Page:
Rasheem Green Looks to Build Consistency Through Continuity at USC Football

Defensive lineman Rasheem Green during USC football practice at Howard Jones Field. (Alicia de Artola/Reign of Troy)
Defensive lineman Rasheem Green during USC football practice at Howard Jones Field. (Alicia de Artola/Reign of Troy) /

Continuity could be the key to consistency for USC football defensive lineman Rasheem Green as he prepares for a big junior campaign this spring.

Rasheem Green fills out his white USC football practice jersey at 6-foot-5, 280 pounds, but he’s still striving to live up to the expectations which followed him from high school as a five-star prospect.

Getting ready to enter his junior season after a reasonably productive beginning to his Trojan career, Green is looking to progress from regular starter to defensive star by making the most out of spring camp 2017.

“I’m very far from where I want to be or where I need to be, but I feel like I’m getting better each practice,” Green said. “I’m getting better at the small things, but there’s still a whole bunch of things that I need to do to be a better player.”

Small things like hand placement, timing and get off, Green elaborated.

For defensive coordinator Clancy Pendergast, it’s alignment, getting on the edge of his man so that Green’s natural burst and athleticism can control the match up.

For defensive line coach Kenechi Udeze, it’s a bigger picture concern.

“The next step for Rasheem is to become a professional. That means being consistent,” Udeze said, applying the concept to all things in life — on the football field, in the classroom, in the weight room, at the dinner table.

Consistency is a word Green has heard for years. It was the same thing people talked about the offseason between his freshman and sophomore seasons.

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In 2015, Green sparkled at times, coming on at the end of the year with strong performances against Oregon, UCLA and Stanford. Those flashes spoke of his five-star potential. Could he put it together and become a dominant starter for a whole season?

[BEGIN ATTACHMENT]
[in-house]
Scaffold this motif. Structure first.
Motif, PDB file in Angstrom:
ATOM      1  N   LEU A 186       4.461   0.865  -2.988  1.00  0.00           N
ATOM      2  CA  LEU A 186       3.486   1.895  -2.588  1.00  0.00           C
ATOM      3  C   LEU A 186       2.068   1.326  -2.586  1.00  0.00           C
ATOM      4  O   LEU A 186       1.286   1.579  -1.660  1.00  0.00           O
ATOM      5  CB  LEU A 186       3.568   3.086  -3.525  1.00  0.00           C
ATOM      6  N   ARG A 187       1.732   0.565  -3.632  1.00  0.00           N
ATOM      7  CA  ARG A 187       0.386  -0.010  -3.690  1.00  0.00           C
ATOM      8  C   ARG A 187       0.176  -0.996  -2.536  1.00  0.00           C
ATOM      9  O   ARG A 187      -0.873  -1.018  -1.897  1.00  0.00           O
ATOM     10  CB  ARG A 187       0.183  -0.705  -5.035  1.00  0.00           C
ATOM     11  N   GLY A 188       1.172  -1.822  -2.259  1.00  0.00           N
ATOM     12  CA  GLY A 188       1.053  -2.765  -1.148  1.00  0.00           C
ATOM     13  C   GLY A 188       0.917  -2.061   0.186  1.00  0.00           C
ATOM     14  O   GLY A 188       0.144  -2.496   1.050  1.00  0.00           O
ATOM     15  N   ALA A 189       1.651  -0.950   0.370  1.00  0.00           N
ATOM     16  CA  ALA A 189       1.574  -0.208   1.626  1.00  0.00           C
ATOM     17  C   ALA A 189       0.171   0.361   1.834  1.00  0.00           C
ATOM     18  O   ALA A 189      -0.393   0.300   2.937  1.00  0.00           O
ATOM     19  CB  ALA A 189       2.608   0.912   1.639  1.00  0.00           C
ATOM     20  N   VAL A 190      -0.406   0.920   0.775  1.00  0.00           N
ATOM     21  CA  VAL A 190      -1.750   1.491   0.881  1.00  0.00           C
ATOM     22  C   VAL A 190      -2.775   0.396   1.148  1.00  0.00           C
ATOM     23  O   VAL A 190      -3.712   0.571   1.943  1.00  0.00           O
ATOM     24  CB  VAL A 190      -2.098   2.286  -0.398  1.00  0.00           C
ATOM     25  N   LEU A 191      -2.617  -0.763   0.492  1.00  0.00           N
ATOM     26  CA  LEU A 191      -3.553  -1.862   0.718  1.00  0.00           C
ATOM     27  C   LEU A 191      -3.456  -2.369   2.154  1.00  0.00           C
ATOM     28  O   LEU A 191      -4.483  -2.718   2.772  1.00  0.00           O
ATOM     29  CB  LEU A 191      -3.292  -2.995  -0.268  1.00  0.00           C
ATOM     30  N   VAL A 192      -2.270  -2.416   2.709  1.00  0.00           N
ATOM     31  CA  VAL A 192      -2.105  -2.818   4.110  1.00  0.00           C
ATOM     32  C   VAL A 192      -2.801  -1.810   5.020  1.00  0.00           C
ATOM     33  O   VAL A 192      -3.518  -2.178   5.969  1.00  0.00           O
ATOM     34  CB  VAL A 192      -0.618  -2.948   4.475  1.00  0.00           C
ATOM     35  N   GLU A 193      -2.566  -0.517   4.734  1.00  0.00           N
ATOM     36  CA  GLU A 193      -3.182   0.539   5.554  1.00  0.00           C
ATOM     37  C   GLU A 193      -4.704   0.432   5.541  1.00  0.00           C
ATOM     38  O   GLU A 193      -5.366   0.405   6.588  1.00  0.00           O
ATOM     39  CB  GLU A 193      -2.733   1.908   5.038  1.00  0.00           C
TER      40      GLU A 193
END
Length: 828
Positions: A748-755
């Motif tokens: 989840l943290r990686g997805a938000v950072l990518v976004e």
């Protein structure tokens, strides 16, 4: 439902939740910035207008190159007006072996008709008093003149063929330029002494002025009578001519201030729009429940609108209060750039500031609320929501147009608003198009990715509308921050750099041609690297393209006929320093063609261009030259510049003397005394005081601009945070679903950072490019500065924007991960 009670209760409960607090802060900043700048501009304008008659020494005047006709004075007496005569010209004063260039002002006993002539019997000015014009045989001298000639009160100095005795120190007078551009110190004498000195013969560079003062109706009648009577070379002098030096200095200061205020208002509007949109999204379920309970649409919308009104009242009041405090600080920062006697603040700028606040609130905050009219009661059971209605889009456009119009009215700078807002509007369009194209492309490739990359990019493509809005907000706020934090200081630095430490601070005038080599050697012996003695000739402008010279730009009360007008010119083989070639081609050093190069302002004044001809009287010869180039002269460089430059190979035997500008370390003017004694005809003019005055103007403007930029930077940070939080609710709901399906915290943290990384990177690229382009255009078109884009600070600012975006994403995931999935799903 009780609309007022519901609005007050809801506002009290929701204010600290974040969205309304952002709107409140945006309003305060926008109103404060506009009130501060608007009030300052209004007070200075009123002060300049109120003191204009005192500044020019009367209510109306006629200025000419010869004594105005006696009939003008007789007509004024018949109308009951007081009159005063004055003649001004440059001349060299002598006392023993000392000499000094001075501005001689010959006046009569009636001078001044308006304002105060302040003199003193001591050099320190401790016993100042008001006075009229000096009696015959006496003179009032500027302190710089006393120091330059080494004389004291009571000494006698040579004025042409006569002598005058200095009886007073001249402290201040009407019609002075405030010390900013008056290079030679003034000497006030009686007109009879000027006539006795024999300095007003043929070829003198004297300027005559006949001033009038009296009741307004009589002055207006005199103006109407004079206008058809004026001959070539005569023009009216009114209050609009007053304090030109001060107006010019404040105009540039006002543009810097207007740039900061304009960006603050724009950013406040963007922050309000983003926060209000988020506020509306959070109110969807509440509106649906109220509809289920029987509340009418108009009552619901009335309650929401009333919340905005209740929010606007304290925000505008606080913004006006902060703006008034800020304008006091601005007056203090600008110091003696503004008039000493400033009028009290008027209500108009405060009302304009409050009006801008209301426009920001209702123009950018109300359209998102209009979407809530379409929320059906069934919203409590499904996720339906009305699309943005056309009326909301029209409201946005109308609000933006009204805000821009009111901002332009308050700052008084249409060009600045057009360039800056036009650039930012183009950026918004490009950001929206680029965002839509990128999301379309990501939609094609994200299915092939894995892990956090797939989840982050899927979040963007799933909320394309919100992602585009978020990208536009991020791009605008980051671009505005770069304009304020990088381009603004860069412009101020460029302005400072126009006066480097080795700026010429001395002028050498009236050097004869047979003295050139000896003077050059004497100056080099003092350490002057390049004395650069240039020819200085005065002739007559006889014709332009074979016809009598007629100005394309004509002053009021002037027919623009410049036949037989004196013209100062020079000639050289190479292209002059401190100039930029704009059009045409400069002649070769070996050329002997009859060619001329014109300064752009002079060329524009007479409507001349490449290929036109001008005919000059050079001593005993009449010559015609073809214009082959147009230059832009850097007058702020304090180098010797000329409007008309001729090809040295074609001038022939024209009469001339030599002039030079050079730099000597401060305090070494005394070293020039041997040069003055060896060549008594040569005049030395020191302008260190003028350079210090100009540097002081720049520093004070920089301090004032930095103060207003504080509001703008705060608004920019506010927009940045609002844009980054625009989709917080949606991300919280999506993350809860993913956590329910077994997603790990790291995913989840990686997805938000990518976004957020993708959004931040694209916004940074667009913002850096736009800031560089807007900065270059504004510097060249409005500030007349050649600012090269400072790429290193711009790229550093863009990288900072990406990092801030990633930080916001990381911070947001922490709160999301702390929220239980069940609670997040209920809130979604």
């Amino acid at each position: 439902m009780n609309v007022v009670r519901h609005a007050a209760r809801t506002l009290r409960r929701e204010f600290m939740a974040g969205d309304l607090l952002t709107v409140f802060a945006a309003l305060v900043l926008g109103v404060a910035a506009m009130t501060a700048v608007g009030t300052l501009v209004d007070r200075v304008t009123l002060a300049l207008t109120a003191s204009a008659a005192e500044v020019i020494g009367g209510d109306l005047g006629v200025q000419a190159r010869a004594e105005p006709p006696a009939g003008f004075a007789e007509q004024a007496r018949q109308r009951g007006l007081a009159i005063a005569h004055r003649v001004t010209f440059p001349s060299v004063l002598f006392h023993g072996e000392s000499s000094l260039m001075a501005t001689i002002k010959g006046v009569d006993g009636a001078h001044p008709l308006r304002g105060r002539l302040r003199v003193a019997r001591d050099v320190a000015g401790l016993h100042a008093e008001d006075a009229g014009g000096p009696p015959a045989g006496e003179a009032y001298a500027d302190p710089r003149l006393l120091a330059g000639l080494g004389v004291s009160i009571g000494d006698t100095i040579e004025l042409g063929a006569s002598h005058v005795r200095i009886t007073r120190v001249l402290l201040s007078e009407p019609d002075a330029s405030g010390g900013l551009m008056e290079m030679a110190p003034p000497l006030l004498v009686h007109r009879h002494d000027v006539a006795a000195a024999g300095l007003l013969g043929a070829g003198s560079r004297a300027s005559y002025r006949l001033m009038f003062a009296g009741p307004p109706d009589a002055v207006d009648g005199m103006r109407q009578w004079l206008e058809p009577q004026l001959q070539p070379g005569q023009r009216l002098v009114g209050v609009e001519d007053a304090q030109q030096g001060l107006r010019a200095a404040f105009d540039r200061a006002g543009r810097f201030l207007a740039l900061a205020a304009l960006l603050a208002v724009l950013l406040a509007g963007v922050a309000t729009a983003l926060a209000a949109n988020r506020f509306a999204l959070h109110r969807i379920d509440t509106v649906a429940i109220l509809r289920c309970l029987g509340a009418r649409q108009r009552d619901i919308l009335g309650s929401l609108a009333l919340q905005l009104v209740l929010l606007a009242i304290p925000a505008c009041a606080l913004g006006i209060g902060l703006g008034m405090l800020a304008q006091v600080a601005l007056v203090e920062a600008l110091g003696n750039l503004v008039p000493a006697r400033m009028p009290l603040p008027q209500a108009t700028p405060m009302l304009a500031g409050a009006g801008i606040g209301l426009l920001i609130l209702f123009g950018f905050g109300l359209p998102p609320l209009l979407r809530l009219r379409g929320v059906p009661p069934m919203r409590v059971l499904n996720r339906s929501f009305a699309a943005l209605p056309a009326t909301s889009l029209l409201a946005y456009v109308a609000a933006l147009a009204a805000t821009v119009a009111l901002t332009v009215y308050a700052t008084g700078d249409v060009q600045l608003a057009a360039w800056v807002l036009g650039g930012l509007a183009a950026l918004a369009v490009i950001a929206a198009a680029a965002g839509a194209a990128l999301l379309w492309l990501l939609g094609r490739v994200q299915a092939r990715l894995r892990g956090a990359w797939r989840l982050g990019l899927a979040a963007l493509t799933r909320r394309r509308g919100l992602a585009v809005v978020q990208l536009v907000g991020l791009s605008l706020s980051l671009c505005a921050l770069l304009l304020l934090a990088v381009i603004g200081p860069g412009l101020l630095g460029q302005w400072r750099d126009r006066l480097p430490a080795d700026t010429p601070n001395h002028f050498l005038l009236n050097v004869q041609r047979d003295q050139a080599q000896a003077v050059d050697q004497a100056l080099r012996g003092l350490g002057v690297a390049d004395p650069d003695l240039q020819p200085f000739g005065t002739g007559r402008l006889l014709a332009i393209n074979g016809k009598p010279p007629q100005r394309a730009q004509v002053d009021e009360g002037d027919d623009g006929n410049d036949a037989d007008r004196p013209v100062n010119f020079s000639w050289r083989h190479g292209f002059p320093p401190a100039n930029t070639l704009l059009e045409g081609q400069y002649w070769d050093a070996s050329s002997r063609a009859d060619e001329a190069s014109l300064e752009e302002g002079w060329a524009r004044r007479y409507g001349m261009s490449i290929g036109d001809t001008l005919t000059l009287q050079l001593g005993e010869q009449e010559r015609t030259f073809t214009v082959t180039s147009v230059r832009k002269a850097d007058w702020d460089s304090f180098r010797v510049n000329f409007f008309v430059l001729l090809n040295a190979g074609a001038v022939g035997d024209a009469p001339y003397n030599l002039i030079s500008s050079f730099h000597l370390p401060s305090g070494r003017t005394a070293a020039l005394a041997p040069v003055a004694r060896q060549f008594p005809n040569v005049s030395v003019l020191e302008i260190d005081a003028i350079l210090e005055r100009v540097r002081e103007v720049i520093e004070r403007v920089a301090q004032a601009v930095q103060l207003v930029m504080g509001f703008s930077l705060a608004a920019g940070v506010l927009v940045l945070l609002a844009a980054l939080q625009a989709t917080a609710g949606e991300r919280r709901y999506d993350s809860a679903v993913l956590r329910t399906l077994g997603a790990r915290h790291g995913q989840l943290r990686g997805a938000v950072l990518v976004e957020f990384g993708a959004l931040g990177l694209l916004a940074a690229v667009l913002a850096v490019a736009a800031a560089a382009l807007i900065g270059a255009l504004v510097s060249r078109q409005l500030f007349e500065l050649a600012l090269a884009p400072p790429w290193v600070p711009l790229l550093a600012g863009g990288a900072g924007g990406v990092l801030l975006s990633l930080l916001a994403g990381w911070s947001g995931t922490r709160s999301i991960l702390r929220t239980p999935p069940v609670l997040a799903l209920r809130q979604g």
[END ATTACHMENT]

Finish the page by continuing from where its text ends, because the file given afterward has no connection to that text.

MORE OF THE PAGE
The 2016 campaign was a definite step forward, as the sophomore started 12 of 13 games and earned a Pac-12 honorable mention. He led the team in sacks, forced two fumbles and blocked two kicks.

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Still, it wasn’t the All-American leap that Leonard Williams took between Year 1 and Year 2.

Green knows he can be better. The Trojans coaches know it too.

“I think that he has a pretty high skill set,” Udeze said. “I just want to see him capitalize on everything that God’s given him.”

The difference now is there’s more consistency around Green to help him build his own..

Last year, Green and the defense spent the spring learning a new scheme. This year, the return of the entire defensive coaching staff means continuity.

Instead of learning, the Trojan defenders can go about the process of refining.

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“When you don’t have to think about the defense, you just hear the call and you can just focus on your alignment. I think that’s going to help [Green],” Pendergast said.

It already has.

“I think I speak for all the coaches, guys are really playing fast,” Udeze said. Green included.